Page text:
One of the basic and most important concepts in equity markets is that of risk-return trade-off in stock market. You need to understand equities in terms of other asset classes as well as the risk-return trade-off within the category of equities. For example, equities must generate higher rates of return than debt because the risk is also higher. We will see the risk-return trade off example in detail. Within the equity segment, small cap equities entail more risk and from the perspective of foreign portfolio investors, the emerging market equities are the riskiest. This can be interpreted in two ways. Firstly, asset classes with a higher return potential generally entail higher risk. Secondly, if you want to earn higher returns then you need to take on higher risk. That is how to calculate risk-return trade off. Consider the chart below.
As the chart above clearly indicates, there is a positive relationship between risk and return. When you are invested in safe assets like bank FDs, government bonds or treasury bills, then your risk is the lowest but so are your returns. As you go up the risk ladder, your returns increase proportionately and so does your risk. Here risk is defined as the volatility or the standard deviation of the returns. That means the more volatility of returns that you are willing to put up with the greater is your risk appetite and, therefore, higher is your potential for returns.
Understanding risk-return trade-off with respect to mutual funds
In the Indian context, one of the best ways to understand the risk-return trade-off is through mutual funds. Mutual funds broadly offer you 3 distinct products viz. pure debt, pure equity and a hybrid of equity and debt. The chart below captures the risk-return of the various classes of mutual funds. In fact, if you look at the returns on these asset classes over a 5-year horizon, it will broadly correspond to this kind of a risk-return chart pattern.
At the shorter end of risk you have debt and at the longer end of risk you have equity funds. In between you have different categories of hybrids like MIPs, balanced funds, dynamic funds etc.
Why the risk-return trade-off is important to an investor?
There are 6 essential reasons why the risk-return trade-off has immense practical application. Let us look at these 6 unique applications of the risk-return trade-off.
It helps you to understand the risk-return relationship. This forms the basis of your portfolio creation and long term planning towards your financial goals. If you have a longer time frame you need to earn higher returns and therefore you can afford to take on higher risk. That means; you can reach your goals with a smaller SIP outlay each month.
It is very important to grasp the causality of the relationship. For example, higher returns entails higher risk but higher risk does not necessarily mean higher returns. For example, you can take a very high risk by putting all your money in a commodity fund. But if the commodity goes through a prolonged multi-year bear cycle then your portfolio will grossly underperform and give negative returns although you have taken on higher risk. Hence you should only take on calibrated and measured risk.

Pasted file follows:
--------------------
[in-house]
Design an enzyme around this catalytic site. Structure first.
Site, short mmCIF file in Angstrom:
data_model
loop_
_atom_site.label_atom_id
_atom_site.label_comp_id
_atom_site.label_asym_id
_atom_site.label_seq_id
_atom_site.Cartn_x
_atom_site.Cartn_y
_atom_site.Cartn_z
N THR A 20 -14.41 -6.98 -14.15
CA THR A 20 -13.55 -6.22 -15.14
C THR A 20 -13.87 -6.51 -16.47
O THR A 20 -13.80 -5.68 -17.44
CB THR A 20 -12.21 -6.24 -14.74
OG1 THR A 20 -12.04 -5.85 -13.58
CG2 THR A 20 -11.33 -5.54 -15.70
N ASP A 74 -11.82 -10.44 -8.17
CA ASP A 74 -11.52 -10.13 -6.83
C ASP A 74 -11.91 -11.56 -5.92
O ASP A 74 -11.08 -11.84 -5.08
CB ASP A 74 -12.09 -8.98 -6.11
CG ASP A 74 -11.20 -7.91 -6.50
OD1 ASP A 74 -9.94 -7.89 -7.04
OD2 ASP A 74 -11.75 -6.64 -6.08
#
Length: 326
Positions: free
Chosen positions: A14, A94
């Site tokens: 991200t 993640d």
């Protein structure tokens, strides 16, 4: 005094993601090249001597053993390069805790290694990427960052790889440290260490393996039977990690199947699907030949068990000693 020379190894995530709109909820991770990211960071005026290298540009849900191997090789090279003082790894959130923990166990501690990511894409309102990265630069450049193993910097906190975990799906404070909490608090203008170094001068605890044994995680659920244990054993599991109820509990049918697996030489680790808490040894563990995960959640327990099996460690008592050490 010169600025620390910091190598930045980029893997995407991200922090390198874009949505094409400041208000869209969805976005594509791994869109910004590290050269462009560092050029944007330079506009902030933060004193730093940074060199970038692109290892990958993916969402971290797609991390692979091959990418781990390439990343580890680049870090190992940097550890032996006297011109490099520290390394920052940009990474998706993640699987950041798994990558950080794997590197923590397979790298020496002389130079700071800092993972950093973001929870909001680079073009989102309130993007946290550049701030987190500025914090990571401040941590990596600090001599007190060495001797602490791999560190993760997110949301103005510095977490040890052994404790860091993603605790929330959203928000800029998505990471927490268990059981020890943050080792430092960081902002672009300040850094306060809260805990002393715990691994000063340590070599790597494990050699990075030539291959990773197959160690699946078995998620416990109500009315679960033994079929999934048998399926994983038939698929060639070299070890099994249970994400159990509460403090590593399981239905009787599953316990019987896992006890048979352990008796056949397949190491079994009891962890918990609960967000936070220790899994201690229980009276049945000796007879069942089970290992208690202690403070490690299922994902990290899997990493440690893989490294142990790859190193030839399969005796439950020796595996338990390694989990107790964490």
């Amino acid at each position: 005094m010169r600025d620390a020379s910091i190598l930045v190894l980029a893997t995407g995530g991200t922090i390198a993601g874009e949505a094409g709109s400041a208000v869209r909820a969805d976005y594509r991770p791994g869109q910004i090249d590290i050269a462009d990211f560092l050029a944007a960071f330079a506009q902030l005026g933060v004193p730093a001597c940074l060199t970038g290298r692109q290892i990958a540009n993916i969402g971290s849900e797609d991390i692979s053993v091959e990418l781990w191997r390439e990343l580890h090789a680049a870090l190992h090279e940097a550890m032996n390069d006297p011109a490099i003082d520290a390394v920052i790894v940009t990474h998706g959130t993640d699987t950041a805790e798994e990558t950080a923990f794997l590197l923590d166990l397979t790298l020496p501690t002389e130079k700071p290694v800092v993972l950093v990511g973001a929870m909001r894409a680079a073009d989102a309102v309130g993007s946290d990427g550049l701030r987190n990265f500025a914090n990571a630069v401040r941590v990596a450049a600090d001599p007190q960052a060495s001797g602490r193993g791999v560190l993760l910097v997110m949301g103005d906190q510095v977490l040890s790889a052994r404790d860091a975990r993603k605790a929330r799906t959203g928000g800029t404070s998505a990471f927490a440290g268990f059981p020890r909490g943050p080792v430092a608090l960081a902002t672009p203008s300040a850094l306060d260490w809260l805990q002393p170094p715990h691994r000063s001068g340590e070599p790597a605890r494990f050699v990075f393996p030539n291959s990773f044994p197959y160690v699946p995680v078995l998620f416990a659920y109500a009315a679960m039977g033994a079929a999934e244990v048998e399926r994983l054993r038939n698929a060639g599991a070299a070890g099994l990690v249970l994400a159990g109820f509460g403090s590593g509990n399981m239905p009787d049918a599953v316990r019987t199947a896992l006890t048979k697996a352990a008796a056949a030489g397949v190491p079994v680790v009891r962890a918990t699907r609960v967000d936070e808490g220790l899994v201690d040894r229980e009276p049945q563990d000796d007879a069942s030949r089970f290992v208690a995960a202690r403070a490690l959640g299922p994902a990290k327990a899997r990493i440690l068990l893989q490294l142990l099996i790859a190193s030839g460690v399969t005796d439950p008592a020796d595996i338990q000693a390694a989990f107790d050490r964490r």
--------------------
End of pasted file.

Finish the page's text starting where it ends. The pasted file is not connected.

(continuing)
Creating a risk-return matrix lies at the core of financial planning. One of the best ways to do it is to bucket asset classes into various risk-return buckets and then select the asset class that corresponds closest to your financial goals. For example, liquid funds for 1 year goals, Short term funds for 2 year goals, debt funds for 3 years goals, debt funds for 5 year goals, balanced funds for 7 year goals, Equity funds for goals above 10 years etc. This matrix simplifies your job of financial planning and asset allocation.
The risk-return trade-off helps you to quantify the units of risk you are willing to take for every unit of return. Let us understand this from the point of view of trading. Your risk-return acceptability is 3:1. That means if your stop loss is 1% lower than your profit target must be 3% higher. Extrapolate this concept to your financial investments and you have a quantifiable risk-return matrix in your hand.
It helps in portfolio optimization. What do we understand by portfolio optimization? For a given level of return you need to minimize the risk or for a given level of risk you need to maximize your returns. Once you have the total risk that you are willing to take, you can break it up into sub components for each asset class.
Remember, portfolio creation is not just about aggregating assets but also about understanding their internal correlations. Lower the correlation of assets in a portfolio, the lower is the risk due to internal risk set-offs. When you have laid out the risk-return matrix and know that risk needs to be reduced in tune with returns, you have a choice of diversification. That is the luxury that risk-return trade-off accords to you.
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